FEDERAL STAFFORD LOAN

Two types of Stafford Loans:

  • Subsidized - no interest accrues while in school or in deferment; Student who has remaining need; (Interest rate of 4.5% for 2010-2011, 3.4% 2011-2012)

  • Unsubsidized - interest begins immediately, although repayment is not required immediately: Student has no remaining need; interest rate of 6.8%


Stafford loan limits
Stafford Loan Limits

  • Freshman $5,500

  • Sophomore $6,500

  • Junior $7,500

  • Senior $7,500

  • 5th Year & beyond $7,500

  • Cumulative maximum for dependent undergraduate is $31,000, with no more than $23,000 in subsidized loans.


  • Tips for Borrowing

    - Borrow conservatively! Remember: Loans have to be paid back- Keep detailed records- Borrow only what is needed for direct educational expenses - Utilize Tax Benefits like Interest Deductibility & the American Opportunity Tax Credit and/or Lifetime Learning Credit


    Federal student loans
    Federal Student Loans

    Every family should file a FAFSA. Regardless of income, every student qualifies for a Federal Stafford loan, if they meet the basic eligibility requirements.

    Benefits of a federal student loan:

    • You don’t have to repay until you leave school

    • Lower interest rates than private loans or credit cards

    • Credit record is not needed

    • Co-signer is not required


    Other Financing Options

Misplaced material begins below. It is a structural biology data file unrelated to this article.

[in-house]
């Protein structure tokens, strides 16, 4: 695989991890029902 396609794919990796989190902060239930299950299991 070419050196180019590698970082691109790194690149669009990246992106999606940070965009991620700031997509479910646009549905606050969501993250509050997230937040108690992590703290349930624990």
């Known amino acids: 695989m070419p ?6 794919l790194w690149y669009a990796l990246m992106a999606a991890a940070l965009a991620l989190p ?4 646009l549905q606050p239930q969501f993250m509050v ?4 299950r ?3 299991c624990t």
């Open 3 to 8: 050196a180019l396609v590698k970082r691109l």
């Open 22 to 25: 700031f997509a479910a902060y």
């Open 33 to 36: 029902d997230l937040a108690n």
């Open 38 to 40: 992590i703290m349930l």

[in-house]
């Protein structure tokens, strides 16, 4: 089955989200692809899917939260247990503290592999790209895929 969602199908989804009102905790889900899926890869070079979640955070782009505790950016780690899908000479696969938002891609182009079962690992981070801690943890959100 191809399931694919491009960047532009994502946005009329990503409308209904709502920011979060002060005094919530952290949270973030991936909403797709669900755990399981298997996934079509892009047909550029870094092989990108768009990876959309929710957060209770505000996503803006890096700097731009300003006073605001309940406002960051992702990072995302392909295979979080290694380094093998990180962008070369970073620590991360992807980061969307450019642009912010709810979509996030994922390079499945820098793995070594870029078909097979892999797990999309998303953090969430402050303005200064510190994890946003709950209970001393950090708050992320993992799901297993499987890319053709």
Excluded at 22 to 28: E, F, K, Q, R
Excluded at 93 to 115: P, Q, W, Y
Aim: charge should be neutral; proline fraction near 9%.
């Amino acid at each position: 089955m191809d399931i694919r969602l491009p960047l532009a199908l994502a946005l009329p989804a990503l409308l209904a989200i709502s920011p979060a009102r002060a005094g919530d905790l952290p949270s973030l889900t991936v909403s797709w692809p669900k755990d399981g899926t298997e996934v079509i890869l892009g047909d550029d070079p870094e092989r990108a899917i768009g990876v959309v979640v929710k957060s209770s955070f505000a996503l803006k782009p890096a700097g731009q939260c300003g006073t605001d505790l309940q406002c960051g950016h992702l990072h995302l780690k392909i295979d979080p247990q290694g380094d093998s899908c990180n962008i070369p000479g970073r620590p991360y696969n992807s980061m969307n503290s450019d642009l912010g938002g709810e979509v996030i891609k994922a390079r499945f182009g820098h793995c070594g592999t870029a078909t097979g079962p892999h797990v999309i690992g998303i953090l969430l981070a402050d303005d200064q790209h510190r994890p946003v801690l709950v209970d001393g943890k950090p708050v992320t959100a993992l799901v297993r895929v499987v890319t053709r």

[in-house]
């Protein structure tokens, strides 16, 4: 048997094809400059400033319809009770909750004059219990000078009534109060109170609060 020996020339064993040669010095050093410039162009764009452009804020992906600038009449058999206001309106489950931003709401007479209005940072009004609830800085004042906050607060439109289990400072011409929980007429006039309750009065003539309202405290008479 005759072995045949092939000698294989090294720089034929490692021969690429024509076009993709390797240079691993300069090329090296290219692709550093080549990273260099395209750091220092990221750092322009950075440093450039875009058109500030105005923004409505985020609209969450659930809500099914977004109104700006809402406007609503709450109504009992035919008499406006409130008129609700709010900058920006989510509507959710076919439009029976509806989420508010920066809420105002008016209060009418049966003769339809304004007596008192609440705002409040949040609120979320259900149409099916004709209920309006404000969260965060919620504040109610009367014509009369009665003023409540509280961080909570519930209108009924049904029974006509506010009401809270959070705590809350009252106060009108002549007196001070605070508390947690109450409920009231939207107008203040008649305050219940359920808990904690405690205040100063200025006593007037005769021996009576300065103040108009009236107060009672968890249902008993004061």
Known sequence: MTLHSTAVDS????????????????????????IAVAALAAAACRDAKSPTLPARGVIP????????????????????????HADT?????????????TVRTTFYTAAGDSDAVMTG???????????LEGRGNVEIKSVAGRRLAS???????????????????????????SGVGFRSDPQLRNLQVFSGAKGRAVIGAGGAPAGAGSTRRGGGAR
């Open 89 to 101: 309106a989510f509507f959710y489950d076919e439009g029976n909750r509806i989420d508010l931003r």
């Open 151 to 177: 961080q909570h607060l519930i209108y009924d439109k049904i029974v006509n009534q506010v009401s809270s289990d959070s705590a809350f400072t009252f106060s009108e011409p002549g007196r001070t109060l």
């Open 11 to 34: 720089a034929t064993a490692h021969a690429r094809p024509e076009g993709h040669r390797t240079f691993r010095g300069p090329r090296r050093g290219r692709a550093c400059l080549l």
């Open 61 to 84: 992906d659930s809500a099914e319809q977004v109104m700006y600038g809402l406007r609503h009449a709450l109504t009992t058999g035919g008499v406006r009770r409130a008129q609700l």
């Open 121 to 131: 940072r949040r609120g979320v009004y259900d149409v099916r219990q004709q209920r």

- Parent PLUS (Parent Loan for Undergraduate Student)- Private Educational Loans - Monthly Payment Plans- Home Equity Loans


    Other sources of funds
    Other Sources of Funds

    Parental Affiliations

    • Employers & Labor Unions

    • Religious and Community Organizations

    • Clubs and Civic groups

      Civic organization scholarships

    • High School

    • Local Public Library

      Private business scholarships


    Government resources
    Government Resources

    • Corporation for National and Community Service

    • Veteran’s benefits

    • ROTC Scholarships and/or stipends

    • Bureau of Indian Affairs (BIA) Grants

    • State Divisions of Vocational Rehabilitation (DVR)

    • Health and Human Services Loan and Scholarship Programs


    How to compare college financial aid offers
    How to Compare College Financial Aid Offers

    • Start with tuition, fees, room and board

    • Subtract grant and scholarship offers only

    • The difference is your “net cost”

    • Always compare net cost

    • Do not subtract Federal Work Study as a lump sum disbursement


    Fafsa4caster
    FAFSA4caster

    • FAFSA4caster will:

      • Automatically generate a Federal Student Aid PIN for

        use when signing the FAFSA

      • Instantly calculate eligibility for federal student aid

      • Generate a FAFSA –a FAFSA populated withstudent FAFSA4casterdata will be availablewhen the student isready to file the officialFAFSA


    Questions thank you for attending
    Questions?Thank you for attending!


    Helpful websites to remember
    Helpful Websites to Remember:

    • www.PIN.ed.gov

    • www.FAFSA.ed.gov

    • www.wicollegegoalsunday.org

    • www.studentaid.ed.gov

    • www.fafsa4caster.ed.gov

    • www.KnowHowToGo.org

    • www.Going2College.org